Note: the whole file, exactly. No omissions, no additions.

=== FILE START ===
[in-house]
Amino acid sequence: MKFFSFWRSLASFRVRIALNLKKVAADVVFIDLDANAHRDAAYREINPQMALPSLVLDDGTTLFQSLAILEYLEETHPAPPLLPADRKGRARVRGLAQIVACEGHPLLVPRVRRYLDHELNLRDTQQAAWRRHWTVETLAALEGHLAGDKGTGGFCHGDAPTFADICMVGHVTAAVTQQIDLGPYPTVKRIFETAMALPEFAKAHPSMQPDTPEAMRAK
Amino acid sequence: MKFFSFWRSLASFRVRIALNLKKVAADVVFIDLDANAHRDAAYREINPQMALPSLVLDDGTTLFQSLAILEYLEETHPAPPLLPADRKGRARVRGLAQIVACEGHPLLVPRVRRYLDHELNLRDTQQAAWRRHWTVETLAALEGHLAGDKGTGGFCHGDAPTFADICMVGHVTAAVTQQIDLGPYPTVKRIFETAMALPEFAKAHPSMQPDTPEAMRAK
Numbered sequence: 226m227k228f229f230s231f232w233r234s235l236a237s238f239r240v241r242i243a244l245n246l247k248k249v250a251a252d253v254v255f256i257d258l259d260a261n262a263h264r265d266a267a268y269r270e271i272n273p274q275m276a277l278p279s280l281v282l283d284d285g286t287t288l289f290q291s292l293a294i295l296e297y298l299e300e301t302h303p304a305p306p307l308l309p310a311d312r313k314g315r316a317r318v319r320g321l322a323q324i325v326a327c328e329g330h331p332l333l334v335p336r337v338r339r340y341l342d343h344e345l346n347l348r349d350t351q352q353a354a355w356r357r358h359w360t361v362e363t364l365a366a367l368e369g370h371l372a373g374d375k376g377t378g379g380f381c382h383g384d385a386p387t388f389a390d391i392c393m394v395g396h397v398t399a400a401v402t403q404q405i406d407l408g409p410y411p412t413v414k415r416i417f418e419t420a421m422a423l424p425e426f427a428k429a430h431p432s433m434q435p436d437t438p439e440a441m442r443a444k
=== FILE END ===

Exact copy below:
[in-house]
Amino acid sequence: MKFFSFWRSLASFRVRIALNLKKVAADVVFIDLDANAHRDAAYREINPQMALPSLVLDDGTTLFQSLAILEYLEETHPAPPLLPADRKGRARVRGLAQIVACEGHPLLVPRVRRYLDHELNLRDTQQAAWRRHWTVETLAALEGHLAGDKGTGGFCHGDAPTFADICMVGHVTAAVTQQIDLGPYPTVKRIFETAMALPEFAKAHPSMQPDTPEAMRAK
Amino acid sequence: MKFFSFWRSLASFRVRIALNLKKVAADVVFIDLDANAHRDAAYREINPQMALPSLVLDDGTTLFQSLAILEYLEETHPAPPLLPADRKGRARVRGLAQIVACEGHPLLVPRVRRYLDHELNLRDTQQAAWRRHWTVETLAALEGHLAGDKGTGGFCHGDAPTFADICMVGHVTAAVTQQIDLGPYPTVKRIFETAMALPEFAKAHPSMQPDTPEAMRAK
Numbered sequence: 226m227k228f229f230s231f232w233r234s235l236a237s238f239r240v241r242i243a244l245n246l247k248k249v250a251a252d253v254v255f256i257d258l259d260a261n262a263h264r265d266a267a268y269r270e271i272n273p274q275m276a277l278p279s280l281v282l283d284d285g286t287t288l289f290q291s292l293a294i295l296e297y298l299e300e301t302h303p304a305p306p307l308l309p310a311d312r313k314g315r316a317r318v319r320g321l322a323q324i325v326a327c328e329g330h331p332l333l334v335p336r337v338r339r340y341l342d343h344e345l346n347l348r349d350t351q352q353a354a355w356r357r358h359w360t361v362e363t364l365a366a367l368e369g370h371l372a373g374d375k376g377t378g379g380f381c382h383g384d385a386p387t388f389a390d391i392c393m394v395g396h397v398t399a400a401v402t403q404q405i406d407l408g409p410y411p412t413v414k415r416i417f418e419t420a421m422a423l424p425e426f427a428k429a430h431p432s433m434q435p436d437t438p439e440a441m442r443a444k